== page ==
Dennis Atkins has written an opinion piece in the Courier Mail on US Supreme Court judge Justice Anthony Kennedy’s “coherent, comprehensive and cogent” majority judgement on same-sex marriage. The judge reasons and writes beautifully:
- “No union is more profound than marriage, for it embodies the highest ideals of love, fidelity, devotion, sacrifice and family,” he wrote.
“In forming a marital union, two people become something greater than once they were.”
The justice went on to say those who argued before the Court for marriage equality made a case that this union continued beyond death.
“It would misunderstand these men and women to say they disrespect the idea of marriage,” he said. “Their plea is that they do respect it, respect it so deeply that they seek to find its fulfilment for themselves. Their hope is not to be condemned to live in loneliness, excluded from one of civilisation’s oldest institutions.
“They ask for equal dignity in the eyes of the law. The (US) Constitution grants them that right.”
Justice Kennedy makes, on behalf of the court, what he clearly sees as a conservative position to uphold and strengthen the institution of marriage.
He says not to give same-sex people the legal right to marry weakens the institution because it creates two classes of marriage and excluding same-sex couples conflicts with what marriage is all about.
“Without the recognition, stability, and predictability marriage offers, their children suffer the stigma of knowing their families are somehow lesser,” he wrote.
“The marriage laws at issue here thus harm and humiliate the children of same-sex couples.”
“They also suffer the significant material costs of being raised by unmarried parents, relegated through no fault of their own to a more difficult and uncertain family life.”
Barrie Cassidy points out that Newspoll in 2003 found only 38% support for gay marriage. Last year a Crosby-Textor poll found support was 72% with 48% supporting it strongly. Mark Textor said:
- With Australians across all key demographics supporting marriage equality in record numbers, it’s fair to say the public has made up its mind, the community debate is over, and it’s time for politicians to act.
We will be using this landmark research to work with Government members who have yet to declare support for reform to show them they have nothing to fear.(Emphasis added)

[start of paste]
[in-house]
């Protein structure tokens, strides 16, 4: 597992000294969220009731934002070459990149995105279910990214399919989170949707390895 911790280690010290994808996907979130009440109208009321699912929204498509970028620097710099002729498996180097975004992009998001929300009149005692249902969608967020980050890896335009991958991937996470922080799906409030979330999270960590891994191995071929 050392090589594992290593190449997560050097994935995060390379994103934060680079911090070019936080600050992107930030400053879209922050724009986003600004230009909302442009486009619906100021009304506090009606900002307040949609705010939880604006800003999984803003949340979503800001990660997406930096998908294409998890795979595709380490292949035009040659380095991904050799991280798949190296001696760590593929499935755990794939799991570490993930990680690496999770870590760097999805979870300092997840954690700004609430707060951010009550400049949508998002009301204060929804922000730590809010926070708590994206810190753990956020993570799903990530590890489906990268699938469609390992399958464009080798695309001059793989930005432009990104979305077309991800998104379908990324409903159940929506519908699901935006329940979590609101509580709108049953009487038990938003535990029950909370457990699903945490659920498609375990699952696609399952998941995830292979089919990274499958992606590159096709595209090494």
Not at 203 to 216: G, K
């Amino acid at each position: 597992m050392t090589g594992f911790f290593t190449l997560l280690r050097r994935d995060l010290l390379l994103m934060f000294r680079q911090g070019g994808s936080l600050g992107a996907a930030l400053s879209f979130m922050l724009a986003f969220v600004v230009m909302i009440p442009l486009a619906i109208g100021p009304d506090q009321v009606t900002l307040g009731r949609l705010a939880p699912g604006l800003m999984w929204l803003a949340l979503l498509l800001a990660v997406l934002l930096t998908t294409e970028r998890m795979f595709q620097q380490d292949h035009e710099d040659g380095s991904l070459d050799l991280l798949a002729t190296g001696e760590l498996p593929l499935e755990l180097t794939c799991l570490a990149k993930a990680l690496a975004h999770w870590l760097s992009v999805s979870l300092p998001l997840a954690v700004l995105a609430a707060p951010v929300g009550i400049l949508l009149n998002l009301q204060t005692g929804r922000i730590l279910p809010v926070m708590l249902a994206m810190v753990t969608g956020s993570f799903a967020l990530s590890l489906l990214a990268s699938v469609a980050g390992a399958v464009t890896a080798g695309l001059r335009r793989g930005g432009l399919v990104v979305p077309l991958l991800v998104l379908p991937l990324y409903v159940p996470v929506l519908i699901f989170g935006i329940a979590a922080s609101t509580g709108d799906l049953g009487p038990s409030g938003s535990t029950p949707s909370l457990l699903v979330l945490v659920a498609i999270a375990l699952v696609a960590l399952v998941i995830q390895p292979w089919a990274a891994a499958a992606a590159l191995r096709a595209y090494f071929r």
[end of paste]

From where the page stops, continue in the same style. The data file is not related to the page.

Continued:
Cassidy thinks that Abbott’s stonewalling may cost him politically. Even if he wins he loses. Cassidy thinks the issue could make a difference in marginal seats.
This is a worry too on the part of pro-gay marriage Liberal MP, Ewen Jones, who according to the AFR said:
- he supported the senators airing their views, but feared a ‘no’ vote could rattle those in crucial marginal seats in Queensland and the NSW Central Coast.
“What worries me about Senators saying stuff is that Bernadi and Abetz are both elected at about eight minutes past six on the night of an election.
“These statements are not going to hurt their careers at all, but will it hurt Michelle Landry? Will it hurt Lucy Wicks on the Central Coast, those people who Tony Abbott relies on to be Prime Minister?” he said.
Mr Jones said putting off the debate could prove distracting in an election campaign and hurt the Prime Minister.
Others are suggesting that Liberal Party members could have their pre-selection threatened, and worry about the distraction of the issue coming up during an election campaign.
Abbott’s sister Christine Forster is urging him to act for similar reasons.
Terri Butler says that some LNPers supporting gay marriage worry about their pre-selection. She rebuts the reasons Abbott has for delay. To say it’s a “distraction” is insulting. She details a range of private members bills brought forward in recent years, some initiated by Abbott.
- It’s time Mr Abbott made good on the promise he made to his MPs, that they would be given a “very full, frank and candid and decent” debate about the issue in the party room.
Cassidy says that Mark McKenna wrote in The Monthly that Abbott “rather than using power creatively … relies on his enemies to define his agenda”. There is no better example of that than this issue.
- Fairfax Media estimates that if a free vote were allowed on the bill in the Lower House, at least 65 MPs from all sides of politics would vote for it, with 76 needed to pass it.
Australian Marriage Equality says that adding in undeclared supporters, there are an estimated 73 votes in the lower house and a slim majority of two votes in the Senate.
Abbott says he wants a bill that is owned by the parliament. It’s not clear that the parliament is ready.